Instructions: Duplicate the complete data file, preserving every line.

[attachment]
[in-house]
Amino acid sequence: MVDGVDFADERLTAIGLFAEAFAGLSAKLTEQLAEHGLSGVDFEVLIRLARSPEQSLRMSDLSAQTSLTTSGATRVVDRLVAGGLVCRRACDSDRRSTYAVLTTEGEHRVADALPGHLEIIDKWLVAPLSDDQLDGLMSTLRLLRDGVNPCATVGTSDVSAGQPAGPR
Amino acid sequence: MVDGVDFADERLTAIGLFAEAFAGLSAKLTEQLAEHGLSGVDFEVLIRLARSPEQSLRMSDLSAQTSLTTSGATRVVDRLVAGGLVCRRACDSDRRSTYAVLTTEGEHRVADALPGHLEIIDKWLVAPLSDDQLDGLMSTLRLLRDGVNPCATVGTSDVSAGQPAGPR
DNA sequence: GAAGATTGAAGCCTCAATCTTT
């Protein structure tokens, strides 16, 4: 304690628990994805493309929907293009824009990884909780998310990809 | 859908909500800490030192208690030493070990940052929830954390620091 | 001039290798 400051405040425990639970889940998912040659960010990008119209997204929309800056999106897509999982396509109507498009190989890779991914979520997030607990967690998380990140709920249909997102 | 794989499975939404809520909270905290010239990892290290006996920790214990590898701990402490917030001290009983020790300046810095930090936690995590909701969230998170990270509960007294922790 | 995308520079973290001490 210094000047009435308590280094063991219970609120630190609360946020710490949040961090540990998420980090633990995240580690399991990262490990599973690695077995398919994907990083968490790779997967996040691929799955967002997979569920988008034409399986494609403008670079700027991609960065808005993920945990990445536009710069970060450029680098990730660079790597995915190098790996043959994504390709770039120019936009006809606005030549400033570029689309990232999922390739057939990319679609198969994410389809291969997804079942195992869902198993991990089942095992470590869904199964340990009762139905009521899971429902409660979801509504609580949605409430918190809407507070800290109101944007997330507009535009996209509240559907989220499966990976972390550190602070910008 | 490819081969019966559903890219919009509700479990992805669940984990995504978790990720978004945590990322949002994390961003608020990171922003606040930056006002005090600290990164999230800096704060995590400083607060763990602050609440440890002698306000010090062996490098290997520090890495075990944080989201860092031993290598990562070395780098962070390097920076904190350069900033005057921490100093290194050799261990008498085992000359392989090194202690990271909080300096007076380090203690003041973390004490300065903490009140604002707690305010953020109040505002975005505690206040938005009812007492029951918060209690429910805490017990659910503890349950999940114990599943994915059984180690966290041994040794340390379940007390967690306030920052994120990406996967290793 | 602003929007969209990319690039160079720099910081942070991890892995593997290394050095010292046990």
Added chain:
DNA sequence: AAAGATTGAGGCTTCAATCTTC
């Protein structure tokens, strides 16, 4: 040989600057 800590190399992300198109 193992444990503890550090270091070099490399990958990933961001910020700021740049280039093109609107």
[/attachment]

[in-house]
Amino acid sequence: MVDGVDFADERLTAIGLFAEAFAGLSAKLTEQLAEHGLSGVDFEVLIRLARSPEQSLRMSDLSAQTSLTTSGATRVVDRLVAGGLVCRRACDSDRRSTYAVLTTEGEHRVADALPGHLEIIDKWLVAPLSDDQLDGLMSTLRLLRDGVNPCATVGTSDVSAGQPAGPR
Amino acid sequence: MVDGVDFADERLTAIGLFAEAFAGLSAKLTEQLAEHGLSGVDFEVLIRLARSPEQSLRMSDLSAQTSLTTSGATRVVDRLVAGGLVCRRACDSDRRSTYAVLTTEGEHRVADALPGHLEIIDKWLVAPLSDDQLDGLMSTLRLLRDGVNPCATVGTSDVSAGQPAGPR
DNA sequence: GAAGATTGAAGCCTCAATCTTT
């Protein structure tokens, strides 16, 4: 304690628990994805493309929907293009824009990884909780998310990809 | 859908909500800490030192208690030493070990940052929830954390620091 | 001039290798 400051405040425990639970889940998912040659960010990008119209997204929309800056999106897509999982396509109507498009190989890779991914979520997030607990967690998380990140709920249909997102 | 794989499975939404809520909270905290010239990892290290006996920790214990590898701990402490917030001290009983020790300046810095930090936690995590909701969230998170990270509960007294922790 | 995308520079973290001490 210094000047009435308590280094063991219970609120630190609360946020710490949040961090540990998420980090633990995240580690399991990262490990599973690695077995398919994907990083968490790779997967996040691929799955967002997979569920988008034409399986494609403008670079700027991609960065808005993920945990990445536009710069970060450029680098990730660079790597995915190098790996043959994504390709770039120019936009006809606005030549400033570029689309990232999922390739057939990319679609198969994410389809291969997804079942195992869902198993991990089942095992470590869904199964340990009762139905009521899971429902409660979801509504609580949605409430918190809407507070800290109101944007997330507009535009996209509240559907989220499966990976972390550190602070910008 | 490819081969019966559903890219919009509700479990992805669940984990995504978790990720978004945590990322949002994390961003608020990171922003606040930056006002005090600290990164999230800096704060995590400083607060763990602050609440440890002698306000010090062996490098290997520090890495075990944080989201860092031993290598990562070395780098962070390097920076904190350069900033005057921490100093290194050799261990008498085992000359392989090194202690990271909080300096007076380090203690003041973390004490300065903490009140604002707690305010953020109040505002975005505690206040938005009812007492029951918060209690429910805490017990659910503890349950999940114990599943994915059984180690966290041994040794340390379940007390967690306030920052994120990406996967290793 | 602003929007969209990319690039160079720099910081942070991890892995593997290394050095010292046990």
Added chain:
DNA sequence: AAAGATTGAGGCTTCAATCTTC
């Protein structure tokens, strides 16, 4: 040989600057 800590190399992300198109 193992444990503890550090270091070099490399990958990933961001910020700021740049280039093109609107």